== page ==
Leftist found their new internet scheme failing when the largest online games provider, Steam, refused to adopt the politically correct policy of “content curation” or pre-emptively censoring conservative voices. Steam introduced a new content policy which does not prohibit certain non-politically correct content.
Steam outlined its new approach in a post by executive Erik Johnson:
The challenge is that this problem is not simply about whether or not the Steam Store should contain games with adult or violent content. Instead, it’s about whether the Store contains games within an entire range of controversial topics – politics, sexuality, racism, gender, violence, identity, and so on. In addition, there are controversial topics that are particular to games – like what even constitutes a “game”, or what level of quality is appropriate before something can be released…
So we ended up going back to one of the principles in the forefront of our minds when we started Steam, and more recently as we worked on Steam Direct to open up the Store to many more developers: Valve shouldn’t be the ones deciding this. If you’re a player, we shouldn’t be choosing for you what content you can or can’t buy. If you’re a developer, we shouldn’t be choosing what content you’re allowed to create. Those choices should be yours to make. Our role should be to provide systems and tools to support your efforts to make these choices for yourself, and to help you do it in a way that makes you feel comfortable.
With that principle in mind, we’ve decided that the right approach is to allow everything onto the Steam Store, except for things that we decide are illegal, or straight up trolling.
In other words, Steam will not perform any content creation except to remove illegal content or that which is deceptive. This goes against the content policies adopted by most social media and big internet sites that remove content which goes against the Leftist narrative.
This neutral viewpoint immediately provoked Leftist ire at the refusal to make a special category for non-PC material in order to exclude it:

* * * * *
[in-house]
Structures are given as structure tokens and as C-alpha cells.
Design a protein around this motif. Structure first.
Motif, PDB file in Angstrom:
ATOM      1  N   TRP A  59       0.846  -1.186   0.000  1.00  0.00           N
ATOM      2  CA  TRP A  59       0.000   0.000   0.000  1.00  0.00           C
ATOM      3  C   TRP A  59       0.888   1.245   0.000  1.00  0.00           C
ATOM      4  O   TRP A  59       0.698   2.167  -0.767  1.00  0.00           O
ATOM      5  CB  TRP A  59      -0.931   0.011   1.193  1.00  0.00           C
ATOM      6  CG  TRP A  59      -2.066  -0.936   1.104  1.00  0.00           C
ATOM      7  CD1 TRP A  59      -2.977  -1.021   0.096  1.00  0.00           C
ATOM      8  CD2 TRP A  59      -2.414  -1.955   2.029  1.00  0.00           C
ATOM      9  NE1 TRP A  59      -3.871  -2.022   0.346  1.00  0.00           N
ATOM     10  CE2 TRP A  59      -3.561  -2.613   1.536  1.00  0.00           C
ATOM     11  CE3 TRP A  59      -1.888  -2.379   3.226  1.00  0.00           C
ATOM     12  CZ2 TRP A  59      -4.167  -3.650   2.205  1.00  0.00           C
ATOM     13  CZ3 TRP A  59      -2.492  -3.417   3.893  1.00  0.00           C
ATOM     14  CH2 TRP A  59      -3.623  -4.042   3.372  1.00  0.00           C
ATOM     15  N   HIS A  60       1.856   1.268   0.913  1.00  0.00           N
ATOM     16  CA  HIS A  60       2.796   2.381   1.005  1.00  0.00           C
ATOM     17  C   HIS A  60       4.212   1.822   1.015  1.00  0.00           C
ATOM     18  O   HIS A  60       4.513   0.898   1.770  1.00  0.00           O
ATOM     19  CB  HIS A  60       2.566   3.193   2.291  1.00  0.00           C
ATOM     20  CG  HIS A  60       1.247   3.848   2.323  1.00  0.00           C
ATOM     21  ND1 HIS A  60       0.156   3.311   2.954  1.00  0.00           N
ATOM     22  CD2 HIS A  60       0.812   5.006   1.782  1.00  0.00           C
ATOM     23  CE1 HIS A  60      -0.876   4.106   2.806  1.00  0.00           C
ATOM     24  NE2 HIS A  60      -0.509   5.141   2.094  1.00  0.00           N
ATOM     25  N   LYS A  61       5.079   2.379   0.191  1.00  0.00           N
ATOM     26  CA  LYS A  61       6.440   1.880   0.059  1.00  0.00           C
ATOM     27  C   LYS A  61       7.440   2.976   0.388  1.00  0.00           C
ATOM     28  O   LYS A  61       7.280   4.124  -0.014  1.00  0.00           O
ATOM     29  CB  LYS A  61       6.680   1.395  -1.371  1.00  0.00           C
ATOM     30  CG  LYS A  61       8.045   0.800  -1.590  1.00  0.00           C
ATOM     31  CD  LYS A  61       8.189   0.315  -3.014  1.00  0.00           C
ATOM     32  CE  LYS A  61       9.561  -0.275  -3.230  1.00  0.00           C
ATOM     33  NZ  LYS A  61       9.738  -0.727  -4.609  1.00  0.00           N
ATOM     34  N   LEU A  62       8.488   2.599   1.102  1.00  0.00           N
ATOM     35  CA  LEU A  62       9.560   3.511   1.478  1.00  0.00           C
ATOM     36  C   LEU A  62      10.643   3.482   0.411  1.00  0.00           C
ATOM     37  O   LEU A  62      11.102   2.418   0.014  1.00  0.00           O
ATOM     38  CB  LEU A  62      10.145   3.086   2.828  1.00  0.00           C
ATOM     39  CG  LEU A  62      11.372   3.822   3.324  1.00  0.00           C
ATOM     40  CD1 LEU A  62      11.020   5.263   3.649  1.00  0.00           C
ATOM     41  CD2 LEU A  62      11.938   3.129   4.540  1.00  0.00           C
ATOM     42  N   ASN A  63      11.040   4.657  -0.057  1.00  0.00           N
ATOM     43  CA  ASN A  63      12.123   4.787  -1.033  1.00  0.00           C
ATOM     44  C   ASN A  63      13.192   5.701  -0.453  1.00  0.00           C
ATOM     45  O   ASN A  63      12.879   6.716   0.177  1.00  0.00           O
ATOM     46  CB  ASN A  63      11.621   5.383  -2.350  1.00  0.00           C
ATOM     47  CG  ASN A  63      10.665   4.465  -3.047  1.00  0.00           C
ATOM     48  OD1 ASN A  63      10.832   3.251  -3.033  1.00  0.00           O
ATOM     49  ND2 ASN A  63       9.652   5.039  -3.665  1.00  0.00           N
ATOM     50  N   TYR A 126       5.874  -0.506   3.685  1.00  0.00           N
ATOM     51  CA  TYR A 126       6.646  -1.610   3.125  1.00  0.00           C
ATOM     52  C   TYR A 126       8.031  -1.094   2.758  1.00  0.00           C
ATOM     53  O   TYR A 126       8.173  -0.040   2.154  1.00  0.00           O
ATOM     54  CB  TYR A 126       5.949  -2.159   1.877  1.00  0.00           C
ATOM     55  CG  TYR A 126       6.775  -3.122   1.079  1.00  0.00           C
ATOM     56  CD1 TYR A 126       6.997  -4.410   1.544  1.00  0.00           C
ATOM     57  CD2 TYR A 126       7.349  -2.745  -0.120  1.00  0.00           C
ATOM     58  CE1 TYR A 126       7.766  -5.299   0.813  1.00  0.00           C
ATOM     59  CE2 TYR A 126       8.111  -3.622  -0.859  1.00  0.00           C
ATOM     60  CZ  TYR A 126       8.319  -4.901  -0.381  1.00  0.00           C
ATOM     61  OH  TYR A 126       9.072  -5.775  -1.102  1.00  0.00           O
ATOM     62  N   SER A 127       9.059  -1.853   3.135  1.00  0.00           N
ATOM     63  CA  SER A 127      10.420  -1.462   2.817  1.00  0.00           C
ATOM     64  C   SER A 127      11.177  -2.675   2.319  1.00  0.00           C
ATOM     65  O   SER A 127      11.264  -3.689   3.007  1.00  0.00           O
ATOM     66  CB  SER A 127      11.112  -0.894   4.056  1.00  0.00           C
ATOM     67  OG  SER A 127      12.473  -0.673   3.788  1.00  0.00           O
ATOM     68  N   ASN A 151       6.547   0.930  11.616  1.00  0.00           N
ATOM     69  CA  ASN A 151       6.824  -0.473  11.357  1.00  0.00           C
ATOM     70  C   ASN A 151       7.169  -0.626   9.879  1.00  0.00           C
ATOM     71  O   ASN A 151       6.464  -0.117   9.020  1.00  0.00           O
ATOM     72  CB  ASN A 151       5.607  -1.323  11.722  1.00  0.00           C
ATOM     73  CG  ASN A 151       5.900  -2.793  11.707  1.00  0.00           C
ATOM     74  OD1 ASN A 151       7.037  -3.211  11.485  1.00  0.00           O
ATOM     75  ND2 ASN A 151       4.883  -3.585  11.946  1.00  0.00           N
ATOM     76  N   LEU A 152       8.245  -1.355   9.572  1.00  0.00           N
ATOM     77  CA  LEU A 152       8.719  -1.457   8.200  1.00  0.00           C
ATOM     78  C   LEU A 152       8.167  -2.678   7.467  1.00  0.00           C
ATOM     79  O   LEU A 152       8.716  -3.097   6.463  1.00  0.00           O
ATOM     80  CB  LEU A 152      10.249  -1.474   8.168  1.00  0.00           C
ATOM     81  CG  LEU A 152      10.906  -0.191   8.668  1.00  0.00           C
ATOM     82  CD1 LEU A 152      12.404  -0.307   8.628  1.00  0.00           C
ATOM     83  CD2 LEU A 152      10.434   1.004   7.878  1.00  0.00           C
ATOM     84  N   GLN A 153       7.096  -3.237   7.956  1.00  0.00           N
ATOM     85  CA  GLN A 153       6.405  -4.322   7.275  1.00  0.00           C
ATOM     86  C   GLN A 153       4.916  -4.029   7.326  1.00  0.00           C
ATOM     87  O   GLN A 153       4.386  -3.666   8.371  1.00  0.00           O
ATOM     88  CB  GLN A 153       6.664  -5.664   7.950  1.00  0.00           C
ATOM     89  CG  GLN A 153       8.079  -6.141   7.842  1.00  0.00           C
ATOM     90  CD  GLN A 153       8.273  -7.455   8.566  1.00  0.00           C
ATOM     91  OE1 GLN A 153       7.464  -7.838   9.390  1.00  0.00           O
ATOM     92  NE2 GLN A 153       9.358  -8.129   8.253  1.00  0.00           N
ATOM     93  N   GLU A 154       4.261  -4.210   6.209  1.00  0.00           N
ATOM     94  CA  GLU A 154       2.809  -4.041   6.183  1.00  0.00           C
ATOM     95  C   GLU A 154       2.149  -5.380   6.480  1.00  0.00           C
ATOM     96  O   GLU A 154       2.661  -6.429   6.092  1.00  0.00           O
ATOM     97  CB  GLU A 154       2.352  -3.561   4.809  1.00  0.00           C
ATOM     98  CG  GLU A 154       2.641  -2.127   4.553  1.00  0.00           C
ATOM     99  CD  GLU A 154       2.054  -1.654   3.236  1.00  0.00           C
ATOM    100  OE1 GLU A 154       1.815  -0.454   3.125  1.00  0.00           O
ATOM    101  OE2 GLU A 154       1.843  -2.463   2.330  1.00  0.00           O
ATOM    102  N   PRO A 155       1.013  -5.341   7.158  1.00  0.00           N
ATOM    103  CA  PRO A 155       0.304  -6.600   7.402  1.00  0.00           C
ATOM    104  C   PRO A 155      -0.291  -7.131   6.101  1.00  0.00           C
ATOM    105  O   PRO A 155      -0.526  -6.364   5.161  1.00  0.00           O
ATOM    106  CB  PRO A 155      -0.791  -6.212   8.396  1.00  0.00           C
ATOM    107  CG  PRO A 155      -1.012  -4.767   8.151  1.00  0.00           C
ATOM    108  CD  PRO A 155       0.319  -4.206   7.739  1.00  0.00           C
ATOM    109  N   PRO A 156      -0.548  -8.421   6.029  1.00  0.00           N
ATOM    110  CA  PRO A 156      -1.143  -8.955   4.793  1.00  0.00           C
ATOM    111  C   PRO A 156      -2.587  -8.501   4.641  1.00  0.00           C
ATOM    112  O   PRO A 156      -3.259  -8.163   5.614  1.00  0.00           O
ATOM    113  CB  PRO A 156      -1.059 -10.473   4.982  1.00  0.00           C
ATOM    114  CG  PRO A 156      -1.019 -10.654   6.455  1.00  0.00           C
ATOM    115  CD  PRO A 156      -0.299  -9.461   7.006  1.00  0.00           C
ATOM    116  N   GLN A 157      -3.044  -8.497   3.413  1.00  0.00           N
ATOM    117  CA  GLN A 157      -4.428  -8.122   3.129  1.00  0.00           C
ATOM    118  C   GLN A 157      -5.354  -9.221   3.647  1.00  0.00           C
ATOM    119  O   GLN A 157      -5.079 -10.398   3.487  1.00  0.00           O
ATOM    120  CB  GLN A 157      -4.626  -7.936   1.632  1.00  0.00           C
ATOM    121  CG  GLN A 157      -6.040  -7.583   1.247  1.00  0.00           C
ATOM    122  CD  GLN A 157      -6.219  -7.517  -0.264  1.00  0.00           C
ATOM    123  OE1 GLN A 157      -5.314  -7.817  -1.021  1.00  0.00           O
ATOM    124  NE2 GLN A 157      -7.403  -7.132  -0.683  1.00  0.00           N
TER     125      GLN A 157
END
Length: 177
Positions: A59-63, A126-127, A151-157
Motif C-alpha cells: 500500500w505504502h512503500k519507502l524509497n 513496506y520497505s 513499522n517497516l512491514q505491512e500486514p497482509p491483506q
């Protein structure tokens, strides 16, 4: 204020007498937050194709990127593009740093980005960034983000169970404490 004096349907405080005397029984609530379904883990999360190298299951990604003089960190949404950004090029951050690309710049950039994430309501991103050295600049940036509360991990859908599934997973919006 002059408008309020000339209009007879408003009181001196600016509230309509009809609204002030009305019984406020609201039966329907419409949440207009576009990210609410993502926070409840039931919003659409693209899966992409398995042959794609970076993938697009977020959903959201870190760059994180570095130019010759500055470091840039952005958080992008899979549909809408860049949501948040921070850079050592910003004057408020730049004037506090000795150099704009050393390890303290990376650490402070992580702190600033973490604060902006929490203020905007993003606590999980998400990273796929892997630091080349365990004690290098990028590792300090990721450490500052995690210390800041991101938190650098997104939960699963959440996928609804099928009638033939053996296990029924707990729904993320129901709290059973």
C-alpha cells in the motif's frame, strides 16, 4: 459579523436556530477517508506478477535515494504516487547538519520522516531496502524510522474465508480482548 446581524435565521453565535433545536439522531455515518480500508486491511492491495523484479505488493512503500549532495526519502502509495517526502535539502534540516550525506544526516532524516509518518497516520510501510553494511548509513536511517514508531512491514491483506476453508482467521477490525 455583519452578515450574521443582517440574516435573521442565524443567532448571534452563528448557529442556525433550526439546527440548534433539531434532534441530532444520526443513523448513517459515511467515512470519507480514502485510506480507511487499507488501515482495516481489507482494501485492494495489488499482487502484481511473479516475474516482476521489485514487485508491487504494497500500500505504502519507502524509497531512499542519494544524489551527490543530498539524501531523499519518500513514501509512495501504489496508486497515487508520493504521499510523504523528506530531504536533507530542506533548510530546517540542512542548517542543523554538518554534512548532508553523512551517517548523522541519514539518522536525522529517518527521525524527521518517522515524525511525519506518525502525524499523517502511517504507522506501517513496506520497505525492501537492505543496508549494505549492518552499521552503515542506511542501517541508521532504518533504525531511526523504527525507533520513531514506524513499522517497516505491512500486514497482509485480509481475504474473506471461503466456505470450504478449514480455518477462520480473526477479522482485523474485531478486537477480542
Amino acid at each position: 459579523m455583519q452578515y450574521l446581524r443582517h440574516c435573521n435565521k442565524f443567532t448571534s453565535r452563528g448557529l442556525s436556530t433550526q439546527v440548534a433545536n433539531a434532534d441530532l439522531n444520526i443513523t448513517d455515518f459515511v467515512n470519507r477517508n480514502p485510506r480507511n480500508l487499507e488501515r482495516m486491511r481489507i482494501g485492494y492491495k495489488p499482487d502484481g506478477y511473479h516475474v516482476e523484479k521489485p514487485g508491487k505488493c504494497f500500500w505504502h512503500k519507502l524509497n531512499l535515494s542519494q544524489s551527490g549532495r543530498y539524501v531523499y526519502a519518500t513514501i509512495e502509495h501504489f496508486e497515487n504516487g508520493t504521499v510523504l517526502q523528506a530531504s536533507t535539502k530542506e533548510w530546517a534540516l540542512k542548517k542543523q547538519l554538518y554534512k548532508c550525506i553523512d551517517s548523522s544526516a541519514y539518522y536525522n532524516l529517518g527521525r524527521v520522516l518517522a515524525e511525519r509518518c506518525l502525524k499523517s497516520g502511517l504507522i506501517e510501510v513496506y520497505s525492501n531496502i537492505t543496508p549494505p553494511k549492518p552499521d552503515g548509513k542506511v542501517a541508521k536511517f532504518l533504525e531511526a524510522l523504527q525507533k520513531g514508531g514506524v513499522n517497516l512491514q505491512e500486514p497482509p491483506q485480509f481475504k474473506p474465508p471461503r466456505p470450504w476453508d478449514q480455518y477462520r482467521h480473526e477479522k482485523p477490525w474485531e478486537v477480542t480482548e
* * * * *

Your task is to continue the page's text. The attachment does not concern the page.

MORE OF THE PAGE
By grouping these together, Valve is explicitly saying that the question of whether it’s appropriate to sell a game in which you engage in brutal ethnic cleansing is on par with the question of whether Farmville should be considered a game. Regardless of how you’d answer either, it’s obvious that these aren’t the same type of question, except inasmuch that both are “tough” questions that Valve doesn’t even want to attempt to answer.
Valve is completely washing its hands from any responsibility whatsoever when it comes to shaping the products that other people come in contact with.
When Americans confronted the issue of net neutrality, it served as a proxy for what people actually want: the old internet style space of free expression where large corporations cannot crowd out opinions on their large sites, which are immensely popular and therefore necessary for reaching a wide audience.
People envision the old town hall meetings where people could get together and discuss almost anything, but now there are censors in the room who, thanks to a loophole in legal definitions of censorship, are technically not censors despite being one-sided in the information they allow to be presented.
Steam, being as influential as many of the larger sites due to its heavy penetration in the gaming community, has shown a new path forward for responsible corporations: censor nothing, and allow culture and the markets to decide what wins. That defects from the Leftist narrative and strikes a blow against public faith in that narrative.